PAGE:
A German Requiem and two German composers sounds like your standard concert menu, but this concert was an interesting juxtaposition of two very different halves, the first filled by German composer Bernd Alois Zimmermann’s little-heard Ecclesiastical Action, and the second by the much-loved, much-performed German Requiem by Brahms. Truthfully, I was a little sceptical about such a modern work being partnered with such a respected warhorse of the repertory, but any doubt that the Zimmermann would not hold its own was very soon dispelled, due to both the profundity of the piece and the committed, artistic interpretation it received from all performers.

Composed in 1970 after being commissioned for the 1972 Olympic regatta in Kiel, Zimmermann’s Ecclesiastical Action is a work for solo bass, two speakers and orchestra – and a partly-choreographed conductor. The work is based on the Book of Ecclesiastes – hence the title – combined with Dostoevsky’s The Brothers Karamazov, and tells the story of Christ’s return to earth in the 16th century, before being arrested by the Grand Inquisitor and accused of ruining humanity by rejecting the Devil’s offers during his time in the wilderness. Zimmermann completed the work before committing suicide five days later – and to say the work wallows in the darkness of a clearly troubled soul would be an understatement.

The piece begins with the first speaker and bass (or in this case, baritone) proclaiming passages from Ecclesiastes, setting the scene: Omar Ebrahim portrayed the spoken-word part with a profound gravity and grandeur; Dietrich Henschel had a rich yet penetrating tone to his voice, the sung passages echoing the previous speaker forebodingly. To the surprise of the audience, trombones began to blare from all around, positioned behind and to the side of the hall, bearing down on the audience. The second speaker, Malcolm Sinclair, was direct in his tone, the grandeur of religious proclamation replaced with pointed interrogation as he read passages of Dostoevsky. The orchestra acted as an accompaniment to the story throughout, but never in a way that it was second to the speakers or singer: strokes of colour fully amalgamated the word and the scene set, harmonics screeching, the sound of an electric guitar among a concert orchestra unsettling. As the piece progressed and the action became darker, even Jurowski got involved in the action, choreographed to sit facing the audience covering his eyes. The frenzied attacks of words from the speakers were staggering, the pure yet scrambled line of the singer a beacon, the orchestra fizzing and wailing darkly in the background. Every brief spell of silence felt tangible. As the lights blacked out completely, the hall was wrought with tension and completely entranced with the atmosphere. The overwhelming tumult of applause afterwards was testament to both the greatness of this rarely performed work and the outstanding performance of the part of everyone – singers, speakers, conductors and instrumentalists alike.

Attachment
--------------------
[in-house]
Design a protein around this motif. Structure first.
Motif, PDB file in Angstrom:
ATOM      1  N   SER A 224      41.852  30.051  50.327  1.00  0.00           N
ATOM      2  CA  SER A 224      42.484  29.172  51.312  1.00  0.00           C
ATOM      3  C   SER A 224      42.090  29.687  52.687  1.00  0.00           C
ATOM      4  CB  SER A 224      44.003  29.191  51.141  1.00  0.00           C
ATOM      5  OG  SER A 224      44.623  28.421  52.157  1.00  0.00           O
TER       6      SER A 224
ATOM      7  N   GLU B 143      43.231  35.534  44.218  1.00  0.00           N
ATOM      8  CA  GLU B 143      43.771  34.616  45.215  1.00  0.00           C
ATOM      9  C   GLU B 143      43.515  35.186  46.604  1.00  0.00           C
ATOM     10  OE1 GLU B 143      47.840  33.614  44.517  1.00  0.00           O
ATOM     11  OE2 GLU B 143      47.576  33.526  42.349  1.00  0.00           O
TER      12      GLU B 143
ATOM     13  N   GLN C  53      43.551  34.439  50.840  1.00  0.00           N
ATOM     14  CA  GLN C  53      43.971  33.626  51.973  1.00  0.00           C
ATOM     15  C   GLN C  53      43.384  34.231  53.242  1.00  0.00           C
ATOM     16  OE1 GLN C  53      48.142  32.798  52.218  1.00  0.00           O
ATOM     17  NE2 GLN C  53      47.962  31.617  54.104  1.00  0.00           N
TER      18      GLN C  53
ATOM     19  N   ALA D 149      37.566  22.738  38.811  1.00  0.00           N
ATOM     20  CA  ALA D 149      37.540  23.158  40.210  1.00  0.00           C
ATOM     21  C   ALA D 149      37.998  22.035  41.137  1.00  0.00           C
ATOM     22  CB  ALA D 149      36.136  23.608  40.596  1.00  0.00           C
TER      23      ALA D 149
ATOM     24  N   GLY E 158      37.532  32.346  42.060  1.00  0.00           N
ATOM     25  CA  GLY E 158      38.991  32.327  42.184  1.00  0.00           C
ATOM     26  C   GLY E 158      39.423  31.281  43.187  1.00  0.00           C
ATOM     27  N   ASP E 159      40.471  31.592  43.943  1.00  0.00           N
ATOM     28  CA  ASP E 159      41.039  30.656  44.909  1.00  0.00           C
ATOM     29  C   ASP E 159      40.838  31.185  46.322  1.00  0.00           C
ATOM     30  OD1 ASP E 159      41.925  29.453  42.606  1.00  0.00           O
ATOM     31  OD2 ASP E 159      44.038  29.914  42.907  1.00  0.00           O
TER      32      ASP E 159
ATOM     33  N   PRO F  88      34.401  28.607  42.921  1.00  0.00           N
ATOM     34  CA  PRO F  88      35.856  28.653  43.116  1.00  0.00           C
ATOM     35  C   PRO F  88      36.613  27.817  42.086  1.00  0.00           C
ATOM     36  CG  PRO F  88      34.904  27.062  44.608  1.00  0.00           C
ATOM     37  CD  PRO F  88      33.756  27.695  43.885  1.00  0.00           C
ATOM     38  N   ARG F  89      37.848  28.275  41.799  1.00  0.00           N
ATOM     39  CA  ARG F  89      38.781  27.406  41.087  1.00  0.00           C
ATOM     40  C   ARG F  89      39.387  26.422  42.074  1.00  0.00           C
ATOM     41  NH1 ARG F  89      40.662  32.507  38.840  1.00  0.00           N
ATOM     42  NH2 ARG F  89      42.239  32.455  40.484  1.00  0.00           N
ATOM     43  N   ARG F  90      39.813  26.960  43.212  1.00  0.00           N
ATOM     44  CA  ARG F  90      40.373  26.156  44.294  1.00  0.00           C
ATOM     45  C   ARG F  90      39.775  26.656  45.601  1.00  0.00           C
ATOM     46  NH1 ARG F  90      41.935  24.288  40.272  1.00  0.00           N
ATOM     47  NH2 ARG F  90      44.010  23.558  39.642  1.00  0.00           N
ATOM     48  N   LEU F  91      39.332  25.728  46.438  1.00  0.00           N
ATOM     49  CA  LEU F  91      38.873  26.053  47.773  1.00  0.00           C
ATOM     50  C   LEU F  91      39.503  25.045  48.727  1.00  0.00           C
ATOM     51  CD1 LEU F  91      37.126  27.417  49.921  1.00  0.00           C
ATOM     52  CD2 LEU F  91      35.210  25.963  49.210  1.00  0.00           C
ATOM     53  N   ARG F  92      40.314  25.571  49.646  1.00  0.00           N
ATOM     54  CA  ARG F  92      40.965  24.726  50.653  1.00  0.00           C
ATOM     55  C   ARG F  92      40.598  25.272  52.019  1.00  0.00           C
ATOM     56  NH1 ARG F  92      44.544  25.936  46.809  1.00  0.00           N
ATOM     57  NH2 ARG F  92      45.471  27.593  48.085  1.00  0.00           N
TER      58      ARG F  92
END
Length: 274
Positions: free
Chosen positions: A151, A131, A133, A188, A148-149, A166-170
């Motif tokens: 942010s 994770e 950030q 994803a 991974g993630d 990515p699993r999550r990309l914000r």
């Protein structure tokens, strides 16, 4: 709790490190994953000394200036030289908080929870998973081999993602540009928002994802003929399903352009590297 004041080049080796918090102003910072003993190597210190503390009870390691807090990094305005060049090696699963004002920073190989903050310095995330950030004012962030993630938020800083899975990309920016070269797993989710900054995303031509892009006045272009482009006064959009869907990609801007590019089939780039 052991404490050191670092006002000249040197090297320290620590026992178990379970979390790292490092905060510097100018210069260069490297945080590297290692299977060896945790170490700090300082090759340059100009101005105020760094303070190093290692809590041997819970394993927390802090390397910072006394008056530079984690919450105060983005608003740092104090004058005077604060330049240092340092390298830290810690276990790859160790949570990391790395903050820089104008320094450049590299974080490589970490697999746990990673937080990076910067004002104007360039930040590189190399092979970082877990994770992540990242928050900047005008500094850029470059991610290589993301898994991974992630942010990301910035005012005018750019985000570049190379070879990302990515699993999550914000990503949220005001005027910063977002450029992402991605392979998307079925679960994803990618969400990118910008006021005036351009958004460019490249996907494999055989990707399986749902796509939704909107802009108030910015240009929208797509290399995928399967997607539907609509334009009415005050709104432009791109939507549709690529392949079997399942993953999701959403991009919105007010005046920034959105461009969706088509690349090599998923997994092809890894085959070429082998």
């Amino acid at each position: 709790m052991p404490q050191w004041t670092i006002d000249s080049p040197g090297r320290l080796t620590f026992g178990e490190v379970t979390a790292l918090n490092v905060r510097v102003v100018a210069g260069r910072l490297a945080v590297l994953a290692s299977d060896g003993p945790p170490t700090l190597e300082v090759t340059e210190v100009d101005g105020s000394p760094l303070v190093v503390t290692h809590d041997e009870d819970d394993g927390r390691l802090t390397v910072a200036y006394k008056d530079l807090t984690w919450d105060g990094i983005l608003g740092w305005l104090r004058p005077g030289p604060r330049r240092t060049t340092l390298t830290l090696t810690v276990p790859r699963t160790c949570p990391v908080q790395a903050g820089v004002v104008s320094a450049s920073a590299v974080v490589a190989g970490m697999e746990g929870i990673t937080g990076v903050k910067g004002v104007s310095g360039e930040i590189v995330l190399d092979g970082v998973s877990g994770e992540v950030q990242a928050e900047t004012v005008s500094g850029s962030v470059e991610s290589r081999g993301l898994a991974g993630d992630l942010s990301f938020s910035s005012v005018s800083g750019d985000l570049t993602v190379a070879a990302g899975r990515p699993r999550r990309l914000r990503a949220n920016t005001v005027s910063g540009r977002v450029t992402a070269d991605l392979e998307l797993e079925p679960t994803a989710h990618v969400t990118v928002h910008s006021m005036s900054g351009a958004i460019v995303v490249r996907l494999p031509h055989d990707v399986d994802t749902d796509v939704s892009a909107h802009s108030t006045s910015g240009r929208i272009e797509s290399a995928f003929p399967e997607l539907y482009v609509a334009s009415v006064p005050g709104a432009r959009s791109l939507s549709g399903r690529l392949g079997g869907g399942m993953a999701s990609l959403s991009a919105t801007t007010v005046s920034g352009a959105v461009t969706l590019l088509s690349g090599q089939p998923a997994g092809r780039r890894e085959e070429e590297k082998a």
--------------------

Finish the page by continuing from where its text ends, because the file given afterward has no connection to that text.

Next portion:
The second half was completely taken up by Brahms’A German Requiem, with soloists Dietrich Henschel (not looking or sounding in the least worn out, despite a breathtaking and exhausting performance in the first half) and Miah Persson. The opening “Selig sind, die da Leid tragen” and “Denn alles Flesich es ist wie Gras” (and, in fact, the fourth movement, “Wie lieblich sind deine Wohnungen”) were enjoyable, but the choir was a little flat in some of the quieter sections and the diction was not always entirely crisp and together, a few lagging “s” and “t” sounds smattering across the parts in places. Henschel’s solos in “Herr, lehre doch mich” and “Denn wir haben keine bleibende Statt” were captivating, and the choir’s performance standard lifted significantly to match his resonant and commanding tone. Persson’s solo in “Ihr habt nun Traurigkeit” was also sublime, although being positioned behind the orchestra made her difficult to hear at times, which was a shame given that the quality when it was clearly audible was tremendous. The final movement, “Selig sing die Toten”, was far more satisfying than the previous movements without soloist, a bright and triumphant end to a concert that began in the depths of darkness.